Guest  

 
Search: 
Search By: SubjectAbstractAuthorTitleFull-Text

 

Showing 1 through 5 of 36 records.
Pages: Previous - 1 2 3 4 5 6 7 8  - Next
2009 - NCA 95th Annual Convention Pages: unavailable || Words: 7553 words || 
Info
1. Ryan, Sarah. and Pfister, Damien. "Reclaiming Democracy through Rhetorical Resistance: A Tribute to Iris Marion Young" Paper presented at the annual meeting of the NCA 95th Annual Convention, Chicago Hilton & Towers, Chicago, IL, Nov 11, 2009 Online <PDF>. 2020-02-22 <http://citation.allacademic.com/meta/p367409_index.html>
Publication Type: Conference Paper/Unpublished Manuscript
Review Method: Peer Reviewed
Abstract: Rhetoricians wrestle with how to encourage robust and inclusive public deliberation. For decades, they have turned to feminist theory for insight into oppression and resistance. While forwarding compelling proposals such as invitational rhetoric, feminist deliberation scholars still grapple with how to encourage social group mobilization without essentializing group members. Iris Marion Young’s “seriality” provides a compelling answer. This tribute showcases what she can contribute to our field and why she is a colleague worth remembering.

2016 - AAS-in-Asia, Kyoto Words: 230 words || 
Info
2. Lai, Hui-min. "Tribute Furs from Tannu Tuva" Paper presented at the annual meeting of the AAS-in-Asia, Kyoto, Doshisha University, Kyoto, Japan, <Not Available>. 2020-02-22 <http://citation.allacademic.com/meta/p1077391_index.html>
Publication Type: Panel Paper
Abstract: In 1715, during the Kangxi reign, Tannu Tuva became a part of the Qing empire. The whole area of Tannu Tuva was divided into five banners, each administered by a jasagh. Subordinate to these high officials were company commanders and cavalry lieutenants. Every company commander was responsible for one hundred fifty households. In 1758, the Qianlong emperor instructed Tannu Tuva for tribute offerings and decided that every household in that region should provide three pieces of sable furs as annual tribute. To use sable furs as a value measure for other kinds of animal furs, three of lynx, otter, leopard pelts were equal to the value of one sable fur, and two of fox, wolf, kit fox, and ermine pelts were equivalent to the value of one sable fur. By comparison, forty squirrel pelts were the same value as one sable fur. In the tribute area of Tannu Tuva, the best hunting season lasted from September to October. During this time, animal furs were of the best quality, so it was also the period when most of the hunting took place. Those months were also the time of the most vigorous fur trade. But in the areas providing tribute furs the fur trade had to be postponed until all tribute furs were collected. Governing tribute furs and regulating the fur trade demonstrate the efficacy of Qing rule in Tannu Tuva.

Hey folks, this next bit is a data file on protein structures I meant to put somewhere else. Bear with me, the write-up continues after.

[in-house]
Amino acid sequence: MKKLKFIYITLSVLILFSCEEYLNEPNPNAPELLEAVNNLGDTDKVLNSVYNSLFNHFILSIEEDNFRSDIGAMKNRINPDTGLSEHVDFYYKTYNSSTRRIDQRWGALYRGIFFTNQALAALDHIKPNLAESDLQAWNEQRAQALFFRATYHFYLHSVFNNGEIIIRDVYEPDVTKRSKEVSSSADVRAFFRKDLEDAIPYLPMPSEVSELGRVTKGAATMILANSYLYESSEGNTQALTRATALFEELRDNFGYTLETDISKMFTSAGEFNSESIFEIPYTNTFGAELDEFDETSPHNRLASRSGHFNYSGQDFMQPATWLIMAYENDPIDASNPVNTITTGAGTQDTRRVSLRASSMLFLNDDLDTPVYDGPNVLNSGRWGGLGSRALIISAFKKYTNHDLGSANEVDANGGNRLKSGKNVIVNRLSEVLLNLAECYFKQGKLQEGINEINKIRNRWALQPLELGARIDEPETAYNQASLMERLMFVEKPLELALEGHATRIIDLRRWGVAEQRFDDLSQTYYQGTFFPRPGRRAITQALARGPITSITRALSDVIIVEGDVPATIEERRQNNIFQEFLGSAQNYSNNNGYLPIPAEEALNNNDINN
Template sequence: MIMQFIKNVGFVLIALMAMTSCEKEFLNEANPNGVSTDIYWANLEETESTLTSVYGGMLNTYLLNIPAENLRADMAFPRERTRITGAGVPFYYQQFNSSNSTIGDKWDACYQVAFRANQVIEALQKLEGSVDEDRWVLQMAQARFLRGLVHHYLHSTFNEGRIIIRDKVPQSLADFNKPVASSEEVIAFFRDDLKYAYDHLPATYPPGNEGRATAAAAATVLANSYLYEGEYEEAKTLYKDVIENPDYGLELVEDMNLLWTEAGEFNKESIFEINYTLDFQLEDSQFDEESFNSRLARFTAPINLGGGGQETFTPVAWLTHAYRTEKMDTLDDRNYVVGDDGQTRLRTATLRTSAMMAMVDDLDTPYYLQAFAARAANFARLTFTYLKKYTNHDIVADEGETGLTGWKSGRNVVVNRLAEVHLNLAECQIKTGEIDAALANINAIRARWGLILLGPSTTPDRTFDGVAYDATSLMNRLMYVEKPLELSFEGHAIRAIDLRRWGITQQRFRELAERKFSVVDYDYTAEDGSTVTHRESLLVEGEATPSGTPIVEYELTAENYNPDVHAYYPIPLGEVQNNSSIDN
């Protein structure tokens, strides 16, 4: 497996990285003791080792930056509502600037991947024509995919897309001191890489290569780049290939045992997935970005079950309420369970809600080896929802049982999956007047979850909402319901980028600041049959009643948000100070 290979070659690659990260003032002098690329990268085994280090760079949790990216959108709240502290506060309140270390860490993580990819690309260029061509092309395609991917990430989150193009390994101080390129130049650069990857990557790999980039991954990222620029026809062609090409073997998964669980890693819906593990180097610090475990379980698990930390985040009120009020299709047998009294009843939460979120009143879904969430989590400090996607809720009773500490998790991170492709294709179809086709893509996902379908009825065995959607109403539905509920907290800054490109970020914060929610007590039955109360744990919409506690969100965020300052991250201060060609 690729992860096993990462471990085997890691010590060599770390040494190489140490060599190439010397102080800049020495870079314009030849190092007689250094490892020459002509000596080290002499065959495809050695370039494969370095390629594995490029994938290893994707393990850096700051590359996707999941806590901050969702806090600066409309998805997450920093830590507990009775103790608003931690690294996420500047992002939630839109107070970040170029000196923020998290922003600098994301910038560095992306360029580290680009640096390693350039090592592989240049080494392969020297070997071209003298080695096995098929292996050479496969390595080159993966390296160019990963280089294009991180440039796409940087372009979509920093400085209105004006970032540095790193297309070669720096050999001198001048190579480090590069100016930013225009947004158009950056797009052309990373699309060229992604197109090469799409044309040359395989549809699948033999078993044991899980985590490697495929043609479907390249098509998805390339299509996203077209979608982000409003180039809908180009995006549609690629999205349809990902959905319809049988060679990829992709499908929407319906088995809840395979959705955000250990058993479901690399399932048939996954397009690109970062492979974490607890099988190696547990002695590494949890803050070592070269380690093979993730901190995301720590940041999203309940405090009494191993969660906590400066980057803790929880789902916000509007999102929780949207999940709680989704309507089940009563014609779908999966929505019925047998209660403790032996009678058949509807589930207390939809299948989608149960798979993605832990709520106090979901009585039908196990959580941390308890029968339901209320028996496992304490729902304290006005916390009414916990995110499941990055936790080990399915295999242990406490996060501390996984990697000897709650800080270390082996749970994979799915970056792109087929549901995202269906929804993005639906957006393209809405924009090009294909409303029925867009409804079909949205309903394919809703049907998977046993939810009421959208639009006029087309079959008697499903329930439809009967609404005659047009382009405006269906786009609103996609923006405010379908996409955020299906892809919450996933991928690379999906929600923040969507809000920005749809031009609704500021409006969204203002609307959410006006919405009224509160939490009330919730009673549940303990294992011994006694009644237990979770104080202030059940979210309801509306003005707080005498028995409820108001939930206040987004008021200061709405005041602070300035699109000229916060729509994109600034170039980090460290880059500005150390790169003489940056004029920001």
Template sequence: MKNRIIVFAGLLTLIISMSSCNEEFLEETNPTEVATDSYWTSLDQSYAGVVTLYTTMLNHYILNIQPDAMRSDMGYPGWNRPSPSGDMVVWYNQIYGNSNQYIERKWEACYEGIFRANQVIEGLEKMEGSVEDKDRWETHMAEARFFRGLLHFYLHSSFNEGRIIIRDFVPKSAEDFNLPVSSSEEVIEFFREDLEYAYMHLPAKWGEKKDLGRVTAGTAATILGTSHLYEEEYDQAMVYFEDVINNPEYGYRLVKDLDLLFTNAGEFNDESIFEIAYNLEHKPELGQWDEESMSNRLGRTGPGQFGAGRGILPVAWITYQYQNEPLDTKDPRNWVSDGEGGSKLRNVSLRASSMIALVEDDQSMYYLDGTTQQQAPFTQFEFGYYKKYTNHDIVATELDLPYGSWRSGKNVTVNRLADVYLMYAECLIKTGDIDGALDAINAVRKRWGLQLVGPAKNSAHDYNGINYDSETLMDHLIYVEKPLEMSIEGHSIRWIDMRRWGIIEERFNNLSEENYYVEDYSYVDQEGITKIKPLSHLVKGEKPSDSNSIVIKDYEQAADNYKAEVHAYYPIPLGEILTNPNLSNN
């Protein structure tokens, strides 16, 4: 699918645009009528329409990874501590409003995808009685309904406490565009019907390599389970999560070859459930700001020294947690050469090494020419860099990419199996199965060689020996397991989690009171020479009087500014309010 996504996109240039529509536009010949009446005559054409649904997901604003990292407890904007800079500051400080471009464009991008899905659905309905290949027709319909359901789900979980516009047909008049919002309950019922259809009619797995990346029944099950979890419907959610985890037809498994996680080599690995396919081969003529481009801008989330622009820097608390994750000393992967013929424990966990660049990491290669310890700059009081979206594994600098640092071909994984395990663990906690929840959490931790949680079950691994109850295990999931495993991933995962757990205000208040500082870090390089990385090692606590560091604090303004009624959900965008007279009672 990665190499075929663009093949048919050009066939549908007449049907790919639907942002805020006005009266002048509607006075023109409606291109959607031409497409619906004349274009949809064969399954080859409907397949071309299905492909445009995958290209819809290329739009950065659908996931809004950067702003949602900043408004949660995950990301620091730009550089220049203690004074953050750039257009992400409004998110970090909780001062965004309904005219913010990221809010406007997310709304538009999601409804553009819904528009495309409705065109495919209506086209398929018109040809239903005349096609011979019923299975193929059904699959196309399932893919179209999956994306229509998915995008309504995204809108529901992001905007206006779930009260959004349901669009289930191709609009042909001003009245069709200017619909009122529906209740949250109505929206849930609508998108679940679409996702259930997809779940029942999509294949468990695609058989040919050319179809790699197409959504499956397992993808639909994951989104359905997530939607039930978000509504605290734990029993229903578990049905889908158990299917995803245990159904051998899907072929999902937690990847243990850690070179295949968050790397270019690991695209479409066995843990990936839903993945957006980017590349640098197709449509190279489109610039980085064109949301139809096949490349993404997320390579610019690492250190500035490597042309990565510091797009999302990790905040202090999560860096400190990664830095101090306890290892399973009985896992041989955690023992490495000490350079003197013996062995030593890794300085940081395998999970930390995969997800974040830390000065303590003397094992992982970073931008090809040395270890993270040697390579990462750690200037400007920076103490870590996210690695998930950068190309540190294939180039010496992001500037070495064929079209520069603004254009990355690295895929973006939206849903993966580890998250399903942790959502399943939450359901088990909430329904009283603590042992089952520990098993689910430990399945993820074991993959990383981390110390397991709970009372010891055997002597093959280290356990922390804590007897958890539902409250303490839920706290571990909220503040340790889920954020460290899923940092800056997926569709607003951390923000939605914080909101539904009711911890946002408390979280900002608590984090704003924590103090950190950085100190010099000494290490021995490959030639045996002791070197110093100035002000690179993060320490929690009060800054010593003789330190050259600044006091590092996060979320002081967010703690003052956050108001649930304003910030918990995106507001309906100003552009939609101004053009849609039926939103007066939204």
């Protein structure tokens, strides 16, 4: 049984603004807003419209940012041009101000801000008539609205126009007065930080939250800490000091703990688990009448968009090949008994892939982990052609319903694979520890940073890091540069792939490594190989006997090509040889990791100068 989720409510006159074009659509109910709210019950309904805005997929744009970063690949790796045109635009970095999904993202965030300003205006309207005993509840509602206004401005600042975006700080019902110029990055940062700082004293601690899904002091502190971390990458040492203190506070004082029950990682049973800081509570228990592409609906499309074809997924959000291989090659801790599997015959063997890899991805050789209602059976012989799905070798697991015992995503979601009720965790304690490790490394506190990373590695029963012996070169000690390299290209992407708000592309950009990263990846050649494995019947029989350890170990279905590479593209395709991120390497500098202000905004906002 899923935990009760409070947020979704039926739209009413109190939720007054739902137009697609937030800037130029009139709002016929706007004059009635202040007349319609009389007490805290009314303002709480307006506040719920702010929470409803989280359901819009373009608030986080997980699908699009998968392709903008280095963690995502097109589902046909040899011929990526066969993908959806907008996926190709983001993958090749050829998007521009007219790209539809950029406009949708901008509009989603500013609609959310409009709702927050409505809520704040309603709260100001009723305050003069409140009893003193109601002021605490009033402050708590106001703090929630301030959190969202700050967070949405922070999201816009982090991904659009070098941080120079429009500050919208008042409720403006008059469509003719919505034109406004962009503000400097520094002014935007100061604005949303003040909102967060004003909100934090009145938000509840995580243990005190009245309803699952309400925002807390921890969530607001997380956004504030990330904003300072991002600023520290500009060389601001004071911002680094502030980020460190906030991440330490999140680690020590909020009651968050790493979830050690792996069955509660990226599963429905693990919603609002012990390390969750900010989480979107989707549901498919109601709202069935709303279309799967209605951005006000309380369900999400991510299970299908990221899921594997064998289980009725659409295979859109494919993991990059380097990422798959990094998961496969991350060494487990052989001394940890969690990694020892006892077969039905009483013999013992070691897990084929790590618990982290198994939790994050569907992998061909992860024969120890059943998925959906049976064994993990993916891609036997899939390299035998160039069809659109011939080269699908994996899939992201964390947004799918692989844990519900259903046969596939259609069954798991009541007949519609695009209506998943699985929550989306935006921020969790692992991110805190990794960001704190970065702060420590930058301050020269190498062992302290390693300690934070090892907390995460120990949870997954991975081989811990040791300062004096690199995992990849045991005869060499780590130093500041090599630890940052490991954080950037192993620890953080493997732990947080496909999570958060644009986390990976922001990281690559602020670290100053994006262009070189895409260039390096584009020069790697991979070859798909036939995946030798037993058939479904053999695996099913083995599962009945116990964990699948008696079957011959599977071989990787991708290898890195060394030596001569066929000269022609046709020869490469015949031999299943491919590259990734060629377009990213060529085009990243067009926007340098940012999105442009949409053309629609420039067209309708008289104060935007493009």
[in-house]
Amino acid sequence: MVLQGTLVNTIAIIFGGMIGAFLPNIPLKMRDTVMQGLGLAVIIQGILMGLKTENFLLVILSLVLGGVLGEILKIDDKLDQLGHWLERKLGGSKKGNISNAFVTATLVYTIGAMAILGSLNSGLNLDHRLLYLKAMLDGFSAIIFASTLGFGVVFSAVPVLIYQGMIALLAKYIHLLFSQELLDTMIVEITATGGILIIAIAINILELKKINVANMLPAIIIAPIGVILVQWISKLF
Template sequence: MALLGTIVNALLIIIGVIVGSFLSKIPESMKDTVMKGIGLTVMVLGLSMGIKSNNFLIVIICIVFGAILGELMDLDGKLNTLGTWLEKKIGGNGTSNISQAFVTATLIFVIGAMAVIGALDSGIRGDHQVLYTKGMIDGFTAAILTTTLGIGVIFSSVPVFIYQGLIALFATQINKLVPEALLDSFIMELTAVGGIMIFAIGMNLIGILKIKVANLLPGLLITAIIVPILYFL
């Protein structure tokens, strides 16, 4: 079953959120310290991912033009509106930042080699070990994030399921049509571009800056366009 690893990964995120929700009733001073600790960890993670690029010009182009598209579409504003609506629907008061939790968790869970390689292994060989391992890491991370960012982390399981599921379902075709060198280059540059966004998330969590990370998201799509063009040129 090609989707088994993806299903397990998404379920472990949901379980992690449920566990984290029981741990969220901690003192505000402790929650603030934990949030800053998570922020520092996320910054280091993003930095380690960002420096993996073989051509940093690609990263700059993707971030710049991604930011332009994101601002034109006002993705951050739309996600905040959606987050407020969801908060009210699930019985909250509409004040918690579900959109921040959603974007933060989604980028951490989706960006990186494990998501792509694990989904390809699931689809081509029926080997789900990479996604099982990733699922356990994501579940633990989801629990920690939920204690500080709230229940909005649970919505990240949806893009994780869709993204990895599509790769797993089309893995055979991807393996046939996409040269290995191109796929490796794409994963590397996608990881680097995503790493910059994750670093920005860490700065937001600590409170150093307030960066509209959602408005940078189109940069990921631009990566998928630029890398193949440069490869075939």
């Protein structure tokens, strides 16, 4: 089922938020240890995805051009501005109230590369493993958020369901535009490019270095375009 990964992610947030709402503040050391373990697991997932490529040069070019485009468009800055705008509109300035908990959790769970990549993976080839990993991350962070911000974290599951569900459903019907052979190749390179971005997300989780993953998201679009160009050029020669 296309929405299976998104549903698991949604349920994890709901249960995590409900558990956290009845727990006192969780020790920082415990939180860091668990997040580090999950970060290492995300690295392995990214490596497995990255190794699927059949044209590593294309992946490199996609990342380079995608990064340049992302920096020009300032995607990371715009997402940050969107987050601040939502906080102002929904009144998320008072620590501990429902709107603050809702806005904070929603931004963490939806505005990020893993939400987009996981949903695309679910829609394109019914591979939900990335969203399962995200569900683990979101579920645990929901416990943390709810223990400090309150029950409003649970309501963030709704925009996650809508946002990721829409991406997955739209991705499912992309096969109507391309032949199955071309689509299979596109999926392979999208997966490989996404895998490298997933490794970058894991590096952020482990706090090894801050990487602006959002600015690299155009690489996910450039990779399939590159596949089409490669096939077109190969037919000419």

2016 - The 62nd Annual Meeting of the Renaissance Society of America Words: 138 words || 
Info
3. Hughes-Johnson, Samantha. "A Lasting Tribute to an Honorable Life: Obsequies and the Poveri Vergognosi in Quattrocento Florence" Paper presented at the annual meeting of the The 62nd Annual Meeting of the Renaissance Society of America, Park Plaza Hotel and Hynes Convention Center, Boston, MA, <Not Available>. 2020-02-22 <http://citation.allacademic.com/meta/p1050027_index.html>
Publication Type: Panel Paper
Abstract: Remembrance of the poor in general is often obscured by a lack of surviving written and visual evidence. The poveri vergognosi or shamed poor, being an intramural ethical abstraction operating within the boundaries set by poverty, are more resistant still to memorialisation. Accordingly, this interdisciplinary paper considers the Confraternity of the Buonomini di San Martino’s Burying the Dead fresco in tandem with fresh, unpublished archival data and literary sources. Through inter-textual analysis, the following issues are discussed: the extent to which the veil of poverty affected the shamed poor’s commemoration; whether the workshop of Domenico Ghirlandaio’s depiction of this final ritual was paradigmatic or realistic and finally, if it was, in fact, the lay sodality’s intention to advocate a visual testimonial to the recipients of their philanthropy, rather than simply illustrating their involvement in an act of charity.